When people think of children and divorce, one of the first things they think of is custody—who gets the kids? However, what many don’t realize is that custody involves more than who the child lives with. There are two types of custody: physical and legal. It's always a good idea to consult with a family law attorney to make sure that you fully understand what types of custody to request.
A parent who has physical custody is the one the child lives with. Physical custody can come in two forms:
- Joint physical custody (also shared custody): The child takes turns living with each parent. This scenario works best when the parents live near each other so that the child’s life isn’t disrupted.
- Sole physical custody (also primary custody): Occasionally two parents do not share custody. Instead, one parent is awarded sole custody, meaning that the child lives with this parent only. The other parent gets visitation rights to the child. States sometimes do not award sole custody unless one parent is deemed unfit.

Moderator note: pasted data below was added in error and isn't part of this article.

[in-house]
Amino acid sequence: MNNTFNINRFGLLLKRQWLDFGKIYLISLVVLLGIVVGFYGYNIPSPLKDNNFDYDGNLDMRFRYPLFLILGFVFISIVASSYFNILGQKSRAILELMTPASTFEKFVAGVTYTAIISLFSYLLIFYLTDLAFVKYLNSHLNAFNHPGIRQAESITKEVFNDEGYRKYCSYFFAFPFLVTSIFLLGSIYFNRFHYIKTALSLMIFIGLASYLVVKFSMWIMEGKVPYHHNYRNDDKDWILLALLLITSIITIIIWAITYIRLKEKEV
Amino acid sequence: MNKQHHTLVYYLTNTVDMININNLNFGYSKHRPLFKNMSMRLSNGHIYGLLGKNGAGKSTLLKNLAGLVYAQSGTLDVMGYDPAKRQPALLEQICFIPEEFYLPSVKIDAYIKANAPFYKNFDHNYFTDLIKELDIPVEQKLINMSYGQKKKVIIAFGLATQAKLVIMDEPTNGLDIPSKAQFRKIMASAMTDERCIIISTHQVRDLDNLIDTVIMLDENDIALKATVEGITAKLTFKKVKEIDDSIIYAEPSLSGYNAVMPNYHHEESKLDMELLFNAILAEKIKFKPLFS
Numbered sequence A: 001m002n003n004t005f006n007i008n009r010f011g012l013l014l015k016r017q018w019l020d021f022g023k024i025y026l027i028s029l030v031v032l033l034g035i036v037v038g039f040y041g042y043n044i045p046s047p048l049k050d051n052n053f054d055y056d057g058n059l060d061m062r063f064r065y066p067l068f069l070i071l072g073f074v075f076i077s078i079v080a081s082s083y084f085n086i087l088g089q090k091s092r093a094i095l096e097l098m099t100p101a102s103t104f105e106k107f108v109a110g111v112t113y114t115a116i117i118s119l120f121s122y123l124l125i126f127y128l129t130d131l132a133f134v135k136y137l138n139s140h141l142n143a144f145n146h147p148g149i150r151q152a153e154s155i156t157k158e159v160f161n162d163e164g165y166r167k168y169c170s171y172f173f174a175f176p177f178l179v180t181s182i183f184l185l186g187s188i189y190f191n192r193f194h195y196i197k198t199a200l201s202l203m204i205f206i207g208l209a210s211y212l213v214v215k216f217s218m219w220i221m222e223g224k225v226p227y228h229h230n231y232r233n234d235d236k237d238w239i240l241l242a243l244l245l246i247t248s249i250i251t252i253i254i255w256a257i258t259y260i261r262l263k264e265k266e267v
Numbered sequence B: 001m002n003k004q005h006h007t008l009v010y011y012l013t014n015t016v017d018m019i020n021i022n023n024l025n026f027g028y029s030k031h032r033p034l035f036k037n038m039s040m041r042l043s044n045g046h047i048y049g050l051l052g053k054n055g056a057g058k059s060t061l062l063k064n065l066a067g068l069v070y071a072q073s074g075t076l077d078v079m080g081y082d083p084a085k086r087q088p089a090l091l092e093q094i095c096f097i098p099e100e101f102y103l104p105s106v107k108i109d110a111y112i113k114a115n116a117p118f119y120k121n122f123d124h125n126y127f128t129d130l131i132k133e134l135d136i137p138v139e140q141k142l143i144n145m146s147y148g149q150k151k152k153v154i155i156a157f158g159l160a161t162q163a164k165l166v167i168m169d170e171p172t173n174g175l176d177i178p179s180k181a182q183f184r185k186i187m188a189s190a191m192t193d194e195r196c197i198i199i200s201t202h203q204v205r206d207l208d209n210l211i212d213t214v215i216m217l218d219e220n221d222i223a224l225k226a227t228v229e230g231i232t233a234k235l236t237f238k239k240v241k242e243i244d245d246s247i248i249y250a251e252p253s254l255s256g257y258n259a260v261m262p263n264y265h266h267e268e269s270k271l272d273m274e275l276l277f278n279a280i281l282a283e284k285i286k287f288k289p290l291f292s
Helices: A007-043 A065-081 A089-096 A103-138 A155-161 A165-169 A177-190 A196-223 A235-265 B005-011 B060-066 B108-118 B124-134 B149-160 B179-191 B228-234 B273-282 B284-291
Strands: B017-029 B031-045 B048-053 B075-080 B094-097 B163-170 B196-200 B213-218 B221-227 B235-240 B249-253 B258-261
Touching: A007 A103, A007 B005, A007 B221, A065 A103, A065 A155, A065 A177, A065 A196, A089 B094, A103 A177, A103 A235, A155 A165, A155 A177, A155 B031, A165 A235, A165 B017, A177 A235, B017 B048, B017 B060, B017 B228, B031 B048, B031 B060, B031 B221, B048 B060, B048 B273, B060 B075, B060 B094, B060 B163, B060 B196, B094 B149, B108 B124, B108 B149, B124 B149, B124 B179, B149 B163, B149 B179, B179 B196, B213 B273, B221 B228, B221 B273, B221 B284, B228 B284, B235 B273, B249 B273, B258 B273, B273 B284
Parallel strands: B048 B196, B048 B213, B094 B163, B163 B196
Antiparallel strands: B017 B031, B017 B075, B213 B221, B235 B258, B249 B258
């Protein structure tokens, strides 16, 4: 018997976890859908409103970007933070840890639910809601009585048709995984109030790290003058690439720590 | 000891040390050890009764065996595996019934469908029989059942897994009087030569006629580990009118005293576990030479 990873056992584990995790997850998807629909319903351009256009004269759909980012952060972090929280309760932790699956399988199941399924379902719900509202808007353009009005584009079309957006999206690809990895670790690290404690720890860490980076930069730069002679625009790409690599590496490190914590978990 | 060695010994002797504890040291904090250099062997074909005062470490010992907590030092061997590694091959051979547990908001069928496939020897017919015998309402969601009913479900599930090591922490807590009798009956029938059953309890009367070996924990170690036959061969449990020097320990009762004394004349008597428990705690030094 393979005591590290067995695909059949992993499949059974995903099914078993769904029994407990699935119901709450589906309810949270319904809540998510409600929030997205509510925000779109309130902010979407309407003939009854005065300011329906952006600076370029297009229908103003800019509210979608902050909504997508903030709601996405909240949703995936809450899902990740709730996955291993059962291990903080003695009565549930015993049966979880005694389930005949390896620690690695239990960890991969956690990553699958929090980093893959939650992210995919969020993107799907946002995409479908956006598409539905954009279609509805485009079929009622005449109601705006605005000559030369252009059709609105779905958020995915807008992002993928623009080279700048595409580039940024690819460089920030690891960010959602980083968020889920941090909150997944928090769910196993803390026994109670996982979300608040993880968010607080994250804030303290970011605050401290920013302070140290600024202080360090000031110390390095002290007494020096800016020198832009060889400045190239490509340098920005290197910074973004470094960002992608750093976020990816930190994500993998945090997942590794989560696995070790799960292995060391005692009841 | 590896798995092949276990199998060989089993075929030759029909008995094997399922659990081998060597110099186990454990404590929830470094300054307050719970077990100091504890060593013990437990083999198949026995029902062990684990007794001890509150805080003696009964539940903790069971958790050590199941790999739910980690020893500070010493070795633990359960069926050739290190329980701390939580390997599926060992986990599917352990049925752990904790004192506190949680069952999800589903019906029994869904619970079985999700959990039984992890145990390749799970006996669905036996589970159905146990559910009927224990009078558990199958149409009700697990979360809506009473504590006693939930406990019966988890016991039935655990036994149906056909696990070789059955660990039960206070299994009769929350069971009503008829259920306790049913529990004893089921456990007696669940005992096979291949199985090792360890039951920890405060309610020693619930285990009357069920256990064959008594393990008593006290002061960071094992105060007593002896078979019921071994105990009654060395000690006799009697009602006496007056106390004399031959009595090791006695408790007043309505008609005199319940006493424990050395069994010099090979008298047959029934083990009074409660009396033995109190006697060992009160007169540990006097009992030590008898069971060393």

On the other hand, a parent who has legal custody has the legal authority to make decisions that affect the child. Examples of these types of decisions:
- Education: Where the child goes to school and what type of education they receive
- Medical care
Legal custody can be sole or shared, just like the way it is for physical custody. Spouses who have joint legal custody over their child share decision-making authority, whereas a spouse with sole legal custody has the final say.